report or Palestinian statehood in September? How
difficult and delicate these questions are everywhere,
but most drastically in Germany! An open letter from
over a hundred Israelis, active in fighting for equality
for Palestinians, angrily opposed the Bundestag
statement of the Left, especially in its "Verbot" of
participation in the "Gaza flotilla," and implied that
it represented weak-kneed capitulation.  Some agreed
with them, but others in the Left publicly supported the
drastic criticism of the party by the head of the
Central Council of Jews.

One group within the party, or more exactly within
"solid", the youth partner of the party, had been trying
for years to centralize this question, in full knowledge
of its potential for splitting the party if not fatally
tearing it apart. This group, calling itself "Shalom"
and led by a few university teachers, not only advocated
single-mindedly positions applauding virtually
everything the Israeli government said or did but
extended its praise to Washington policies, landing
almost to the right of George W. Bush, in full support
of the Iraq War, for example, and in basically racist
attacks on all of Islam and the Muslims. Even criticism
of USA policies was somehow branded as anti-Semitic!
Though hostile to virtually all principles of the Left,
it could always count on some support within the party
and favorable placing in the media.

Now the group has again become prominent as two
different wings of the party, which have long been
flapping unhappily against each other in other matters,
became involved once more in an Israel-Palestine debate.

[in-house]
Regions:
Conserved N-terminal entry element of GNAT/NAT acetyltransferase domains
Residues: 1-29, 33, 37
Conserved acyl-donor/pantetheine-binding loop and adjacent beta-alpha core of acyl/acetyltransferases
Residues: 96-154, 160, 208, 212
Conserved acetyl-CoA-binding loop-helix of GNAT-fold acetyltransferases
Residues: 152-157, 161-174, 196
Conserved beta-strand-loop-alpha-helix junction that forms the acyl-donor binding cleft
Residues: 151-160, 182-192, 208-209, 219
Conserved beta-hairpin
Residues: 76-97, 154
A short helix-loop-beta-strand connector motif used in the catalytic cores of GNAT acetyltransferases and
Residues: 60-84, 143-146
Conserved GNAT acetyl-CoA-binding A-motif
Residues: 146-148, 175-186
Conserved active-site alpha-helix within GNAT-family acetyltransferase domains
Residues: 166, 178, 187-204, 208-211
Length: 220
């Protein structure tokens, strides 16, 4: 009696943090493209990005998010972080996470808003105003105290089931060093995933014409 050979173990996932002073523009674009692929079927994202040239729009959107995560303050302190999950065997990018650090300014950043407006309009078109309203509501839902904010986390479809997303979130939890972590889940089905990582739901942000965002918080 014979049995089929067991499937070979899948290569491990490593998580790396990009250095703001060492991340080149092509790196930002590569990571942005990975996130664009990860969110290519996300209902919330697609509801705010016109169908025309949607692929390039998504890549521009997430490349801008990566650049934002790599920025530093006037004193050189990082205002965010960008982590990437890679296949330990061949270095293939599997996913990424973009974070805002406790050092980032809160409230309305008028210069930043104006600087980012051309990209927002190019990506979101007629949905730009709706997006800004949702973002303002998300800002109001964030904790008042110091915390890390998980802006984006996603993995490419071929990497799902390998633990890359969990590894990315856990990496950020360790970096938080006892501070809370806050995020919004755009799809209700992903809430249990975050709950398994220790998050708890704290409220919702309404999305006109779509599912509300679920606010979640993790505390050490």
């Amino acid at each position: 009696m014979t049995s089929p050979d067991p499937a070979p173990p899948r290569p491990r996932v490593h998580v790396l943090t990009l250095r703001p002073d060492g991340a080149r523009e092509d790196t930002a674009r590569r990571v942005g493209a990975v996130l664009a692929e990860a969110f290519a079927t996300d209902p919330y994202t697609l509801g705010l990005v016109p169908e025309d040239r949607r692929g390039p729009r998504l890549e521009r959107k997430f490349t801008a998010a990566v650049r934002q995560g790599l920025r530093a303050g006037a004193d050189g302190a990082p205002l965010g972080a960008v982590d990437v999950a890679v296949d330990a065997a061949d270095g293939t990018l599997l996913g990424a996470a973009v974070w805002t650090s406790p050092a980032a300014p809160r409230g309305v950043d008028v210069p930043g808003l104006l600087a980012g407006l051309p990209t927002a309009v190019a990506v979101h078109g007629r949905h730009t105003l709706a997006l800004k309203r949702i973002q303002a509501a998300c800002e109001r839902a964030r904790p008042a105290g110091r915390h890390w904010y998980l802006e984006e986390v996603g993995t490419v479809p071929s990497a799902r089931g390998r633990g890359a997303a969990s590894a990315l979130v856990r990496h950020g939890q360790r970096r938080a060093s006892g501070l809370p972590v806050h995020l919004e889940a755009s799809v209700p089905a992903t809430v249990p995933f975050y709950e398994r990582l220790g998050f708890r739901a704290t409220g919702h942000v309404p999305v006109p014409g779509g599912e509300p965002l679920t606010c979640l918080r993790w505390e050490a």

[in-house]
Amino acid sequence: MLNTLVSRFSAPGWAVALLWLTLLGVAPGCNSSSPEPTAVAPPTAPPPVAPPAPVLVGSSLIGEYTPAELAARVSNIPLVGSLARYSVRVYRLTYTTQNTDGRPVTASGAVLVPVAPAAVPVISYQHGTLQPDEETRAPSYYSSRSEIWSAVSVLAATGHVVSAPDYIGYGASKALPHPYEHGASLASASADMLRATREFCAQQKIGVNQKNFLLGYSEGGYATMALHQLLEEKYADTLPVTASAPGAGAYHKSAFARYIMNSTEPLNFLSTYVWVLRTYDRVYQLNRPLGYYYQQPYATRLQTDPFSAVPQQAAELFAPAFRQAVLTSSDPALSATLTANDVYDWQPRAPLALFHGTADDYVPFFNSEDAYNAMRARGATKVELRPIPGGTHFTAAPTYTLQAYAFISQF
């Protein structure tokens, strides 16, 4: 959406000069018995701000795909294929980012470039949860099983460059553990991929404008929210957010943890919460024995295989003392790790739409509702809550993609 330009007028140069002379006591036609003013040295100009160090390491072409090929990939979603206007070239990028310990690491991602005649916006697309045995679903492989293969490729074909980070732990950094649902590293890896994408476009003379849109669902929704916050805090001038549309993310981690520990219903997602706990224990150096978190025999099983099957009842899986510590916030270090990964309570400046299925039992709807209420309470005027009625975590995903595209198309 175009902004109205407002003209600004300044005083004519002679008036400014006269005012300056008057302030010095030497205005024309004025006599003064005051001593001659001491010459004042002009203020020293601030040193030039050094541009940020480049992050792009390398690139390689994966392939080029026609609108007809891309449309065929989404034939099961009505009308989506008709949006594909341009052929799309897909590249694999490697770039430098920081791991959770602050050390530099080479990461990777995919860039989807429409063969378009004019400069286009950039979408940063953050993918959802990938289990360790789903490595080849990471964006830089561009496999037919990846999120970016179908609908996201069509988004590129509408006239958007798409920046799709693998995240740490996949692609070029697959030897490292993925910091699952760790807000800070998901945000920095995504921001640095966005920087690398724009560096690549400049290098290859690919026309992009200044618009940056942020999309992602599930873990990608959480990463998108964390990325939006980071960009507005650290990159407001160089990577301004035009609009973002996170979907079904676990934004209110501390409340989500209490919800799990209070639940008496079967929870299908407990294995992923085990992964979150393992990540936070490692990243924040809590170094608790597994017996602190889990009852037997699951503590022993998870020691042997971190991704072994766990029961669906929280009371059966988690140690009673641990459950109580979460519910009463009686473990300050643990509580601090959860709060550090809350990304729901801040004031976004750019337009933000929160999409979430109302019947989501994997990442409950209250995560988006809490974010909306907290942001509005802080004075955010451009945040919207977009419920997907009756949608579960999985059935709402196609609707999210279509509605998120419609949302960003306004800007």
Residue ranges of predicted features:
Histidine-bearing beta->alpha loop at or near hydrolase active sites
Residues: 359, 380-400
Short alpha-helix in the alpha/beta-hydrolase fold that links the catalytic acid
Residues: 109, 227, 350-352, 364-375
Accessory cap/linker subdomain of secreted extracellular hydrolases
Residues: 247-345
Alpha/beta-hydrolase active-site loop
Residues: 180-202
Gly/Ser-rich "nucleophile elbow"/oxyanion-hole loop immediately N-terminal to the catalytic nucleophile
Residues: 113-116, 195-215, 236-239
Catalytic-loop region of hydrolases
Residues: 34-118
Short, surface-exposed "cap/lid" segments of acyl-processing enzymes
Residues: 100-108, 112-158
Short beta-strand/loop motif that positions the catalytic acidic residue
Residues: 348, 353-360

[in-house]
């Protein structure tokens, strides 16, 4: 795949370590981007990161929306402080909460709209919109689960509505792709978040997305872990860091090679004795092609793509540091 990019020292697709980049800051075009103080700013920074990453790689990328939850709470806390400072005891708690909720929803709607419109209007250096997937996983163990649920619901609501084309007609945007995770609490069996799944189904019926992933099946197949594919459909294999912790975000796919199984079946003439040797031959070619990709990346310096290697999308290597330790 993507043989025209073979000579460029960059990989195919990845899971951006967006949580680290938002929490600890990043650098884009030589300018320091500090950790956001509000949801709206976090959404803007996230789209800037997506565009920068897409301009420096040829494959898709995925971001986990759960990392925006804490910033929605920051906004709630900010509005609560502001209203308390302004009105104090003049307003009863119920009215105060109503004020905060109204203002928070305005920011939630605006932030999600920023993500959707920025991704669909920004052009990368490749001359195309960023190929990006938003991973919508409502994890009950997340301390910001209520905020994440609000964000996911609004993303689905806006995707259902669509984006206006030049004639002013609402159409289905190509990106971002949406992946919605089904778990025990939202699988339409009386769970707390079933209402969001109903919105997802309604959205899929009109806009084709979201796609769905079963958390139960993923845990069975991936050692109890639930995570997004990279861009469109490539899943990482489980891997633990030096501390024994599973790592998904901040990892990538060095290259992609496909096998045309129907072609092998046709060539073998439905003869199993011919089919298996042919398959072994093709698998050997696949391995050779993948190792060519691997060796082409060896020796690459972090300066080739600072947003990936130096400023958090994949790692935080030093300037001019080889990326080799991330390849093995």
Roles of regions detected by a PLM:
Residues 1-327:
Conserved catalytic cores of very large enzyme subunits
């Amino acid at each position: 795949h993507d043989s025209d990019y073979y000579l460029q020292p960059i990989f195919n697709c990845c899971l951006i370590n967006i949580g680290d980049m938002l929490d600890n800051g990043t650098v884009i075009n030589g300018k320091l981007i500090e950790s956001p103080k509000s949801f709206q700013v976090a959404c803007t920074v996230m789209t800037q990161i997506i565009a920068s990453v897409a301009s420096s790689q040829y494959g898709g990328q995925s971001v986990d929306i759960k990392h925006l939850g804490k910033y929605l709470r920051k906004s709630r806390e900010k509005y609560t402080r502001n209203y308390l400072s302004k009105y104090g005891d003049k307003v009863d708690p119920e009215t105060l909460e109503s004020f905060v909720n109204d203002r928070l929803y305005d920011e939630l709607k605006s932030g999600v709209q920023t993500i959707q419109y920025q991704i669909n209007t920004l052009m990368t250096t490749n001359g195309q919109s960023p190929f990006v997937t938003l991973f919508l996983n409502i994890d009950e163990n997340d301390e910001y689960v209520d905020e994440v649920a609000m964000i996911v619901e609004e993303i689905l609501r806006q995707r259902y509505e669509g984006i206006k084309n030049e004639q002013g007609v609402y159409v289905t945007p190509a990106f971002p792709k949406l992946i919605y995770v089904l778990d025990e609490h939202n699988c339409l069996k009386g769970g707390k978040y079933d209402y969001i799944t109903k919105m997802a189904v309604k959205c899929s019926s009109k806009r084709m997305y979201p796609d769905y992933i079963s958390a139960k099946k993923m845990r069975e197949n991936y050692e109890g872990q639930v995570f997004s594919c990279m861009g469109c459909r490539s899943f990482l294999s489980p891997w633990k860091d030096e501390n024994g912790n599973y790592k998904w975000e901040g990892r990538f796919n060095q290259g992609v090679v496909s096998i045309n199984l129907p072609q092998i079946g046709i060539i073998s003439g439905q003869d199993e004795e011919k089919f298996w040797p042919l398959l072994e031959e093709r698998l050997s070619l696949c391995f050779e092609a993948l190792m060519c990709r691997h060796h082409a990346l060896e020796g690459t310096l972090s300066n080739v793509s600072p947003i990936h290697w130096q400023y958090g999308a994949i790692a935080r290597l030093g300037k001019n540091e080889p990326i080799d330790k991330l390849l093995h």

One wing is stronger in East Berlin and East Germany,
where the relatively large vote for the Left (often over
20 percent) provided many opportunities to hold office
on the local, county or state level. Indeed, the Left is
part of the governing coalition in the states of Berlin
and Brandenburg, and is second strongest party in other
states. Many East German party leaders feared being seen
as too radical to hold office; some in the party even
dreamed of becoming partners with the Social Democrats
and Greens in a national government after the 2013
elections. They did not want to alienate these two
parties more than necessary, and this extended to the
Israel-Palestine question as well.

The other wing, stronger in West German states, was far
weaker in election results, and only rarely had chances
to join governments on any level. That, and its
generally more militant past, made it the basis of the
more radical wing of the party. Pointing to the history
books, for example, it demanded the rejection of any and
all operations by German armed forces outside the
country, even those authorized by the UN. Since the